Last week I was told that I had to go back to have a second mammogram. A small density in my right breast needed to be re-evaluated.

When I heard these words, my mind instantly jumped from mammogram to biopsy to malignancy. I know, even if these are the next steps in my life, the end result is not necessarily early death. But I go there in my head. I visit the thought of telling the kids, of missing major life events in their lives, of suffering. From an early age I recall thinking a lot about death – usually the death of one of my parents.  I remember wondering what would happen to me. Where would I live? How would I feel? I don’t remember having strong emotions linked to these ‘what ifs’. The scenarios were quite detached from my emotions. Last week was a bit like that for me. I heard the messages on my answering machine and began the process of thinking through the implications those words.

I am in a bit of a fog. I feel like I am on an airplane and we are in the initial descent and there is no visual – a blind landing.  I am a passenger waiting to feel the wheels hit the ground and hear the flight attendant say that I have landed at the desired destination. But I haven’t landed yet. The ground is below, perhaps so close I will soon feel the initial jolt. But right now, I am in the fog waiting. I recall the words, ‘I wait for the Lord, my whole being waits, and in His word I put my hope.’ (Psalm 130:5)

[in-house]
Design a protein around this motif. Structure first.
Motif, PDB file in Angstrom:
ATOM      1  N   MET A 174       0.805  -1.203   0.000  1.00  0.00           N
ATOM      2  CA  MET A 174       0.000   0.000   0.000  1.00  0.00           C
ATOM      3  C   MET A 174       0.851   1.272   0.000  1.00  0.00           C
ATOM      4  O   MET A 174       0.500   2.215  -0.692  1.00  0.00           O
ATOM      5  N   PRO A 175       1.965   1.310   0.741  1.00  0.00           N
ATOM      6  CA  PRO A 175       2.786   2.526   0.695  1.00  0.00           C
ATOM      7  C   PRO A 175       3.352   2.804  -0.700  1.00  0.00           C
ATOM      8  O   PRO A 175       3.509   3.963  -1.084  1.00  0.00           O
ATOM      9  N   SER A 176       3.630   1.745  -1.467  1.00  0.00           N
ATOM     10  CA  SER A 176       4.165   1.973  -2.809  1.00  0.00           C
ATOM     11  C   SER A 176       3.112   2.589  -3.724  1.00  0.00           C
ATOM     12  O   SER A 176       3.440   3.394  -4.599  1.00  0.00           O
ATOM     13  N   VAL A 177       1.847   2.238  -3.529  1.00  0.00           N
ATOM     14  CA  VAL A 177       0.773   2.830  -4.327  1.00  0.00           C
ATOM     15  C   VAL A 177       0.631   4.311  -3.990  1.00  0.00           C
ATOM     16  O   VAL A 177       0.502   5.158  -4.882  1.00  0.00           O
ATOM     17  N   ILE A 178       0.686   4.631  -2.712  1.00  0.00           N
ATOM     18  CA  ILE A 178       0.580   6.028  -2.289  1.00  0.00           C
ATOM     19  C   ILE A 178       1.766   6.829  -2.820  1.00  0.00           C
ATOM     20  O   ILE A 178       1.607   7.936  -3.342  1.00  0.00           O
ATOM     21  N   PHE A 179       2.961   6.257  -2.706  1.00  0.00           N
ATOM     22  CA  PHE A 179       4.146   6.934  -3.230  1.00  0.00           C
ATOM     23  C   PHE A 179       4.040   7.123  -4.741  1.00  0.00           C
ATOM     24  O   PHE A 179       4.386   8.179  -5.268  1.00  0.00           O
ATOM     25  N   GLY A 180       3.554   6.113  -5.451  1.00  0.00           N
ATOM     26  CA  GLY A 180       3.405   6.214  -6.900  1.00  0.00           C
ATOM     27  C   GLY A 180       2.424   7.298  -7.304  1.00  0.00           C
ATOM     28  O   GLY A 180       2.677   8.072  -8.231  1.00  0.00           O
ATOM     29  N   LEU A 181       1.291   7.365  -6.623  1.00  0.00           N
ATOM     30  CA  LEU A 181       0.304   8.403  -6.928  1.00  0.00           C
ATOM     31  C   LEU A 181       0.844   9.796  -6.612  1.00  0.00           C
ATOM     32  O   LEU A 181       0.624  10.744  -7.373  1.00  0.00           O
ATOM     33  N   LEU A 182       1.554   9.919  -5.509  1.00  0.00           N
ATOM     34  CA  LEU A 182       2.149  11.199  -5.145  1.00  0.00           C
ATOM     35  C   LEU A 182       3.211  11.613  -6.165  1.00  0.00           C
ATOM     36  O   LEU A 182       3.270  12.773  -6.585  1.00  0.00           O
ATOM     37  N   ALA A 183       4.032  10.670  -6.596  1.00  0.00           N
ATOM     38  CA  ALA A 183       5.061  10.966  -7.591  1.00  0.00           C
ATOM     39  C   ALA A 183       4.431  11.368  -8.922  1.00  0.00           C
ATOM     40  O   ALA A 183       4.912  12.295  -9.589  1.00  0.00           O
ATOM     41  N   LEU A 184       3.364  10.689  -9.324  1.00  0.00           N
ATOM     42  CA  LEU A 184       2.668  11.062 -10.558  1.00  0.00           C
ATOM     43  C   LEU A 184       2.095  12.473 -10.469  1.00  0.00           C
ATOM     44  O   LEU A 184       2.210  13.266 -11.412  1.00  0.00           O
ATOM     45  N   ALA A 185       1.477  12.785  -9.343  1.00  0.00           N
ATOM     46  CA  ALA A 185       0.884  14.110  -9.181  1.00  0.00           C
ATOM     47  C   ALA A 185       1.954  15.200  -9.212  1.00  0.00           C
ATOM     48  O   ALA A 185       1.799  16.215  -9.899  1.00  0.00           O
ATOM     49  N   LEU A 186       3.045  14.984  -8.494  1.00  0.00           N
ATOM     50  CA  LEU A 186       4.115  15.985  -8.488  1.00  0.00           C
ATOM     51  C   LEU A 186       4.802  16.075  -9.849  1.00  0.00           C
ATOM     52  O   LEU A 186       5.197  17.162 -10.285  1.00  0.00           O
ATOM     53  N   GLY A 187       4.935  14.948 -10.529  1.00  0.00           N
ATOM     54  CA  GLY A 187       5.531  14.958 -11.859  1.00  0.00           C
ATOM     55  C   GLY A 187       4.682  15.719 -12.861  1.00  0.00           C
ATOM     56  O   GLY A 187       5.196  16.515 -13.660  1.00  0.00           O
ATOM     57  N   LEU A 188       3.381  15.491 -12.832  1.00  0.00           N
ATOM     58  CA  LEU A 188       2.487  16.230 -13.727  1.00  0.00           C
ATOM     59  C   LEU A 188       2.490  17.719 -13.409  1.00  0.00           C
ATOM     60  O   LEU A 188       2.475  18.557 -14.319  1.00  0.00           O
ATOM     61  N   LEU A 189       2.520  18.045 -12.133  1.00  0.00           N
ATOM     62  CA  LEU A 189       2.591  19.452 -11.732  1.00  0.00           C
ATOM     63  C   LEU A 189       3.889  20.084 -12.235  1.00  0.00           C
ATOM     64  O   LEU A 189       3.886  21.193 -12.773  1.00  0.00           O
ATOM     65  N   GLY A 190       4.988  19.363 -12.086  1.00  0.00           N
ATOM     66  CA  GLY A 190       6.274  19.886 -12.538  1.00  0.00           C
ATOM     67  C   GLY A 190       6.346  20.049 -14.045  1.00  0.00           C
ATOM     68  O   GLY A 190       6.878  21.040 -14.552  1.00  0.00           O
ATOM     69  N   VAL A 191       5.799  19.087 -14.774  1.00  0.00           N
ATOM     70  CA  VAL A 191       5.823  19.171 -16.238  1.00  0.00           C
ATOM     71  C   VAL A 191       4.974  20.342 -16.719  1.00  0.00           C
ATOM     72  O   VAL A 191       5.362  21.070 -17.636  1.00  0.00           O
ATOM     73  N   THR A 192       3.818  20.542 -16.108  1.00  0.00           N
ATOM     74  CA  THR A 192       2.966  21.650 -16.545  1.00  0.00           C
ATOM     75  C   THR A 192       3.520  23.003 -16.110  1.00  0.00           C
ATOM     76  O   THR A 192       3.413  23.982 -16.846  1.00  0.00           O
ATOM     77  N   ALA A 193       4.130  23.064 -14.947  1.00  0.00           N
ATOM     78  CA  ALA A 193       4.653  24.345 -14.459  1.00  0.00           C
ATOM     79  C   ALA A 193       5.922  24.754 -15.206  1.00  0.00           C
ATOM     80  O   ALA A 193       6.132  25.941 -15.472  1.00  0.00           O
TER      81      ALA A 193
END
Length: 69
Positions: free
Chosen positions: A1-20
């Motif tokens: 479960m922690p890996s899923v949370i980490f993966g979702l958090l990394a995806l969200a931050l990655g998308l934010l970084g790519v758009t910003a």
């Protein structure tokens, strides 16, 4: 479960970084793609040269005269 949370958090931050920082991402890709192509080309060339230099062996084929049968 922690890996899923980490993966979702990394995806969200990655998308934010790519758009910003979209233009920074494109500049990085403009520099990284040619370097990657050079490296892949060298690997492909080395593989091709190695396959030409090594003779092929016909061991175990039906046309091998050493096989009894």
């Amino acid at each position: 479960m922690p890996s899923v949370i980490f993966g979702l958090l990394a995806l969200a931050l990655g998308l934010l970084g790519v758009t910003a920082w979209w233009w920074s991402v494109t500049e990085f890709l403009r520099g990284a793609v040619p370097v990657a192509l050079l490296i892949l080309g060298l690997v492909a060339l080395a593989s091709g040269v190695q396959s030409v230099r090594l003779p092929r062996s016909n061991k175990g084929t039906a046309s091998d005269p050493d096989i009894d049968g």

I realize I am not alone. There is a pilot. This Pilot knows the airplane, he understands the conditions, he has perfect vision, and he even knows my heart. His words are true and trustworthy. They give me hope in the most distressing conditions. He whispers to my heart, ‘Do not fear, for I am with you; do not anxiously look around you, for I am your God. I will strengthen you, surely I will help you. Surely I will uphold you with My righteous right hand.’ (Isaiah 41:10 NASB)

Not only is there a Pilot, but there are fellow passengers. I am surrounded.  Words of understanding, shared experiences, acts of compassion, and truth-telling distinguish those who share the cabin with me.  They are like-minded women of all ages and races. The only requirement of acceptance into this community is the recognition we are not in control and we need the Pilot for our salvation. How grateful I am to be surrounded by this sisterhood.

This week I was embraced, encouraged, needed, appreciated, prayed for, and supported by my sisters. I can face whatever lies ahead because my path is sure, whatever the obstacles. The fog is clearing and the path before me becoming apparent. The truth I am spoken gives me the courage to go on, ‘Therefore since we have so great a cloud of witnesses surrounding us, let us also lay aside every encumbrance and the sin which so easily entangles us, and let us run with endurance the race that is set before us, fixing our eyes on Jesus, the author and perfecter of faith, who for the joy set before Him endured the cross, despising the shame, and has sat down at the right hand of the throne of God.’ (Romans 12:1-2 NASB) I am no longer on the plane, I’m on the runway and it’s time to run.

There is unalterable joy set before us. That joy abides, encourages, and strengthens.

My second test was clear.

‘Come and hear, all who fear God, and I will tell of what He has done for my soul.’ (Psalm 66:16 NASB)

Praise the Pilot – Praise God!